The state is relying on cities to figure out how to cut emissions in their region. Will it work?
When California’s S.B. 375 was passed in 2008, there were many skeptics. The law aimed to get metropolitan regions around the state to cut greenhouse gas emissions through changes to development form and transportation.
In 2011, the California Air Resources Board set GHG emissions reduction targets by metro region for passenger vehicles and 18 Metropolitan Planning Organizations were then to develop "sustainable community strategies," with integrated transportation, housing, and community development.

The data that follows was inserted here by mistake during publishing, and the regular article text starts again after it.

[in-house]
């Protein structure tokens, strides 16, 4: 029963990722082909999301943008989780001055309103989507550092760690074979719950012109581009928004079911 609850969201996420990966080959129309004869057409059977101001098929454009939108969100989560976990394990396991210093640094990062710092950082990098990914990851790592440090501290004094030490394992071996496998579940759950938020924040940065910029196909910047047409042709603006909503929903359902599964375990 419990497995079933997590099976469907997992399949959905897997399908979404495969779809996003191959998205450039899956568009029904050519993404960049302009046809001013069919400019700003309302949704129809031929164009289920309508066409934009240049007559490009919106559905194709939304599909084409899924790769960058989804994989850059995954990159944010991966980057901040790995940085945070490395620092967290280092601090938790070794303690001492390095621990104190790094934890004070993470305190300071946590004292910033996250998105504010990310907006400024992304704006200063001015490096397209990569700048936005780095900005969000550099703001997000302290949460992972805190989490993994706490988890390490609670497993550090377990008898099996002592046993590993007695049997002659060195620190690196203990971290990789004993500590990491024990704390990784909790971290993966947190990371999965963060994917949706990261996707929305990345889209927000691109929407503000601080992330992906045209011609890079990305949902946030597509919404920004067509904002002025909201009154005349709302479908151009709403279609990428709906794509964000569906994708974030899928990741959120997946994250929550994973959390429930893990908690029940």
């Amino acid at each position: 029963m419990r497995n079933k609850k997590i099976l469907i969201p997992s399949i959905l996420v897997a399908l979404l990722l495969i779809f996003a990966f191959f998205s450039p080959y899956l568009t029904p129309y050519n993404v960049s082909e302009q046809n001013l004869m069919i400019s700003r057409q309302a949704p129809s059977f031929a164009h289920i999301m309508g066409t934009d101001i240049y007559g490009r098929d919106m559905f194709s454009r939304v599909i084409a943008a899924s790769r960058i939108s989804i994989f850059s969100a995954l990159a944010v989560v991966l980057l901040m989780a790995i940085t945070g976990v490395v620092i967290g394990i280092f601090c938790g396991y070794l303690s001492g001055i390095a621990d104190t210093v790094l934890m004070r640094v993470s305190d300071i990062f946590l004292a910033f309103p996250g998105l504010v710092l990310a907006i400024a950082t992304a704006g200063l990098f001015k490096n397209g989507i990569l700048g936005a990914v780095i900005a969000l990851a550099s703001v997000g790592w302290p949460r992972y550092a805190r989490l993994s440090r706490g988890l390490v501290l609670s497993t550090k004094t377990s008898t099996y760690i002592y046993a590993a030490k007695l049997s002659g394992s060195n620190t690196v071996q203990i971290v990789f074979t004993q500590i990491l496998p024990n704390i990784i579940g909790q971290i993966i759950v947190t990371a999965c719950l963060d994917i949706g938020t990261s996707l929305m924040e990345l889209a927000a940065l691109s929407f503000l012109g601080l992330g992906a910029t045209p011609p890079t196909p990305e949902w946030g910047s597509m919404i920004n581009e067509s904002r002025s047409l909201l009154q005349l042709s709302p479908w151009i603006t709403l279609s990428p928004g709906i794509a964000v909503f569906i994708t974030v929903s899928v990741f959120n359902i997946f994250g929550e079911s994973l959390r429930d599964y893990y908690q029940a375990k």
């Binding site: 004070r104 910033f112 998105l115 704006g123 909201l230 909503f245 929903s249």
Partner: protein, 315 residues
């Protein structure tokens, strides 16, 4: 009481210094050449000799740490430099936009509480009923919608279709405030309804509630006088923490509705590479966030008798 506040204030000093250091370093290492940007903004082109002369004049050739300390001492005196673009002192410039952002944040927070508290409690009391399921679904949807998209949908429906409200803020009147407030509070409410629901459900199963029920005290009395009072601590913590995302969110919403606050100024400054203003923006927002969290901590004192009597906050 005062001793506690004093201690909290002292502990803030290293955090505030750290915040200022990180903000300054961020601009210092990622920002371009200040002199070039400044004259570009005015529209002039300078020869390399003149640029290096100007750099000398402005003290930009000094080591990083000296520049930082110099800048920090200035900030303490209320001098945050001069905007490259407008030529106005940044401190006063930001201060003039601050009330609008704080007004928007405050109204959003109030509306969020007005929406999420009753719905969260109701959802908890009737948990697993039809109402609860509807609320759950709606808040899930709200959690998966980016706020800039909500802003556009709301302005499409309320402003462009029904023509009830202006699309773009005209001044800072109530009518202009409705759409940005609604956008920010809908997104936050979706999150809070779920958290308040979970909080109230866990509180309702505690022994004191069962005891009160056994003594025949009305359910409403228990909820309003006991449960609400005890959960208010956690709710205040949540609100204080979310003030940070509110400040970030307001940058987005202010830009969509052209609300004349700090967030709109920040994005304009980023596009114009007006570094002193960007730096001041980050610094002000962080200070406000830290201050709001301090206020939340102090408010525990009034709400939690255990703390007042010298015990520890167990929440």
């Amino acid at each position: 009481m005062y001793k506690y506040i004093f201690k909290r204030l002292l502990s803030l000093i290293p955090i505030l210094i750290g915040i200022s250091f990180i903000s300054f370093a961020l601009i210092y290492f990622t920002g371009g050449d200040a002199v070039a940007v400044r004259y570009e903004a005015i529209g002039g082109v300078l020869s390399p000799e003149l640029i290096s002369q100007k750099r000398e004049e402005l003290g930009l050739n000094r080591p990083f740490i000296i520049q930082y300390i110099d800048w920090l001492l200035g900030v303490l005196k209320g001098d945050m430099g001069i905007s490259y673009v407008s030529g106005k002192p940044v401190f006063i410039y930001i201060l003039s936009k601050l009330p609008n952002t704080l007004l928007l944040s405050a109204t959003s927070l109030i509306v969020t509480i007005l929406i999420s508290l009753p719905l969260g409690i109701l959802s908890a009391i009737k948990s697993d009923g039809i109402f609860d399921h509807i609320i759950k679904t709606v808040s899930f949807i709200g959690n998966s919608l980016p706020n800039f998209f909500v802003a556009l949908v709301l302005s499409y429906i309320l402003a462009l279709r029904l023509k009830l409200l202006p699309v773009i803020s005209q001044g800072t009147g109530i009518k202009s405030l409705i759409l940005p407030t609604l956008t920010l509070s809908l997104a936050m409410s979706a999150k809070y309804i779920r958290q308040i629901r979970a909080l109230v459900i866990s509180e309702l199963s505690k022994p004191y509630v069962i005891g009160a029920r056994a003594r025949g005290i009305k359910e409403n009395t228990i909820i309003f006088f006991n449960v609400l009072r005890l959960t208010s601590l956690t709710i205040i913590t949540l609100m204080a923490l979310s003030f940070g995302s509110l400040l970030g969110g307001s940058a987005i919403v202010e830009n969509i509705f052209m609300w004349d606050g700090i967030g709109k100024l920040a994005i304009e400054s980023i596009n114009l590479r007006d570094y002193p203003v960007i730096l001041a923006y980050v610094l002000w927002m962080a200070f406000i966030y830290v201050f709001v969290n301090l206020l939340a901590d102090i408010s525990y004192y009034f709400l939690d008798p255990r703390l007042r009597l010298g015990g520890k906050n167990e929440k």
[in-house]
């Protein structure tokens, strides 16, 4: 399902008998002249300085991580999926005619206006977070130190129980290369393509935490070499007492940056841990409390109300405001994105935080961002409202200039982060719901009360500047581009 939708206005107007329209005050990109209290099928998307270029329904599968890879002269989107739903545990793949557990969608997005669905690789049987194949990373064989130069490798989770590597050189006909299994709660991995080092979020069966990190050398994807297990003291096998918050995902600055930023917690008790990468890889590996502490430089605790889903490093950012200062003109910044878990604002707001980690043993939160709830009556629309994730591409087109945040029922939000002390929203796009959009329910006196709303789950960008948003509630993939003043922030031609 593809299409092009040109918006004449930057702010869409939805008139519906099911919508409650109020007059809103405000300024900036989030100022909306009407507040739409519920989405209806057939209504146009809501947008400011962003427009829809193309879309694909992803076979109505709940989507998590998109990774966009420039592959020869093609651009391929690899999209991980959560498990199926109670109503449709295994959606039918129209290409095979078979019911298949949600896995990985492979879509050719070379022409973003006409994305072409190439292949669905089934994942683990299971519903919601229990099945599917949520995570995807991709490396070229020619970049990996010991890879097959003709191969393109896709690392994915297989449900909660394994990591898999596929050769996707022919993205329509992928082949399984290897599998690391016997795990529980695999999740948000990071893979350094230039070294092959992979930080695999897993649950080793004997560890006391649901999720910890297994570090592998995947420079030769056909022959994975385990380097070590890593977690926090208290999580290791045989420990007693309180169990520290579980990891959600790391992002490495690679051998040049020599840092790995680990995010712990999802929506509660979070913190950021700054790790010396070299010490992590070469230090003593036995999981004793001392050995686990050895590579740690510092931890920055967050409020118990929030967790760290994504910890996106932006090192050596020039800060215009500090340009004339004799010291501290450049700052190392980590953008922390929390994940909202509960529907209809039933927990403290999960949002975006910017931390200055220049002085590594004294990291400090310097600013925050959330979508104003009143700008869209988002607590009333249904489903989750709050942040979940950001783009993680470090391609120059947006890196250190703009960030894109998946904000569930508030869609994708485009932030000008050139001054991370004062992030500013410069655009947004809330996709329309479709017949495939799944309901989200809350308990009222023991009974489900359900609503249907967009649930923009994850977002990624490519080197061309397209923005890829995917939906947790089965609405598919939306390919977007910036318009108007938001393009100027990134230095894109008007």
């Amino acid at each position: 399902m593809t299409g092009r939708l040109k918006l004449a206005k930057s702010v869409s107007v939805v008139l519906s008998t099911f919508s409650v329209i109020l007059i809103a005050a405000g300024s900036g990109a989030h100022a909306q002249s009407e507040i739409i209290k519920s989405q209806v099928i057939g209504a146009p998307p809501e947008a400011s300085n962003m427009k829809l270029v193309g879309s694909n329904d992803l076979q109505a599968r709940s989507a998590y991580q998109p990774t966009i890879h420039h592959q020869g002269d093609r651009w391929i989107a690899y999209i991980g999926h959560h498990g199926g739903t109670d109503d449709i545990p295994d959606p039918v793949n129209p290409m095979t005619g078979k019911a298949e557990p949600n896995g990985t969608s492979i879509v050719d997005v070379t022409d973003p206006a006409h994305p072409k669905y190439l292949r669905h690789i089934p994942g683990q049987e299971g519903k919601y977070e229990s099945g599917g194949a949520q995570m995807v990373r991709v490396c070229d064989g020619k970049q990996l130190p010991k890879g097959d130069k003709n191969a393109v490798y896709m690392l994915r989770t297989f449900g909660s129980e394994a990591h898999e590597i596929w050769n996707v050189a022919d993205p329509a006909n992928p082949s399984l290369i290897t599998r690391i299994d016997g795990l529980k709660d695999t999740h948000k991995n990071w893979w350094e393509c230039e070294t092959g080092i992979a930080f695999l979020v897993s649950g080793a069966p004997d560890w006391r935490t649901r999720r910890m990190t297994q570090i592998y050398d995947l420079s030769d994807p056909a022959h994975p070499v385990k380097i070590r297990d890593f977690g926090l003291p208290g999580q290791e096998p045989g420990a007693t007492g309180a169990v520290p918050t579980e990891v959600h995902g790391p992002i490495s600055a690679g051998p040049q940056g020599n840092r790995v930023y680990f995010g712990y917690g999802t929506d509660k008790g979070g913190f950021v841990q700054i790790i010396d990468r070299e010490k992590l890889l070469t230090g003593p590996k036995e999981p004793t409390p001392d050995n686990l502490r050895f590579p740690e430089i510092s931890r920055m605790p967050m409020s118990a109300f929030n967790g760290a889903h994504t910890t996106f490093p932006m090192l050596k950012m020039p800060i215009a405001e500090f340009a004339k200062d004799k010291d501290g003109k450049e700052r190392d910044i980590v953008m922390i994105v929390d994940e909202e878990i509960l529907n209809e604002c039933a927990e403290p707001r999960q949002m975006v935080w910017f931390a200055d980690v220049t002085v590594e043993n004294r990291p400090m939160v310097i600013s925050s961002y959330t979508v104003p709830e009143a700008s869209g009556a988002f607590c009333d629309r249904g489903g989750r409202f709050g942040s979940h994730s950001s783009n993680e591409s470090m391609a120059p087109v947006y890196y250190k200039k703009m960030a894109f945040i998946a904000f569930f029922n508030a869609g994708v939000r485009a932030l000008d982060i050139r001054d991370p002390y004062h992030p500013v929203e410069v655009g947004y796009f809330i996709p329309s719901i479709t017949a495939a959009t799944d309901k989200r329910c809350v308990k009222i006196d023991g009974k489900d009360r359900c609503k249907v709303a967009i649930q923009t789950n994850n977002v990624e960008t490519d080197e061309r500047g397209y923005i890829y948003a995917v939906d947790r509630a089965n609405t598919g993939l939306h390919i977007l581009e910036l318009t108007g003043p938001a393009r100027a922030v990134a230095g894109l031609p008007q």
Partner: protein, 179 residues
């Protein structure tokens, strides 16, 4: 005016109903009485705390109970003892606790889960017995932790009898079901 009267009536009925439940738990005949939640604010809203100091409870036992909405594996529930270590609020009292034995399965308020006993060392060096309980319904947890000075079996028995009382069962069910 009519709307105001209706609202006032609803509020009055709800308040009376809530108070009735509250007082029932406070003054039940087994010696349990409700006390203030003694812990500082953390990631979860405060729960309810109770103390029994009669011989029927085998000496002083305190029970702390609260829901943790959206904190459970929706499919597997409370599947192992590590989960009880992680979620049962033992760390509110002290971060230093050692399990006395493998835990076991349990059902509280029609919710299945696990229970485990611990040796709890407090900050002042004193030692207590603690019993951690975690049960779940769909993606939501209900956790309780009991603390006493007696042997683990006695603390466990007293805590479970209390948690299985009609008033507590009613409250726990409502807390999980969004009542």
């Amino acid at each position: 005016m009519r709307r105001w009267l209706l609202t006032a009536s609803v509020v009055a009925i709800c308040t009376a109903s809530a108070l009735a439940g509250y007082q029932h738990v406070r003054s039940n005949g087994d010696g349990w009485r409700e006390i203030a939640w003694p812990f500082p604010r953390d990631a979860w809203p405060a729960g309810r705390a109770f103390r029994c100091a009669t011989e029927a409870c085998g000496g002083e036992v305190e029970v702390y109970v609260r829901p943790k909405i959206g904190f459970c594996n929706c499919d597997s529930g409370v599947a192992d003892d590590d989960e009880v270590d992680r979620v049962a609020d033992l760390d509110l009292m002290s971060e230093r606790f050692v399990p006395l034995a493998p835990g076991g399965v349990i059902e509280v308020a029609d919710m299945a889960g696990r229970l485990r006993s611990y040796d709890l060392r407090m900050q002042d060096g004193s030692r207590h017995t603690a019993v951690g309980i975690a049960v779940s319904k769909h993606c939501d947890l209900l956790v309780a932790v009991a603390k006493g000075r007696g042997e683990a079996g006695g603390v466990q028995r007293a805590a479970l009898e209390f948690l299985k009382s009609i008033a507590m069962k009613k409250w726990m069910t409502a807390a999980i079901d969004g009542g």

The idea was that smart, sustainable community design, coordinated with transportation systems that integrated walkability, bicycles, and next generation public transit, could really make a difference. It's honestly much too soon to tell whether this will work. But here's a quick look at three prominent metropolitan regions and their responses to this mandate.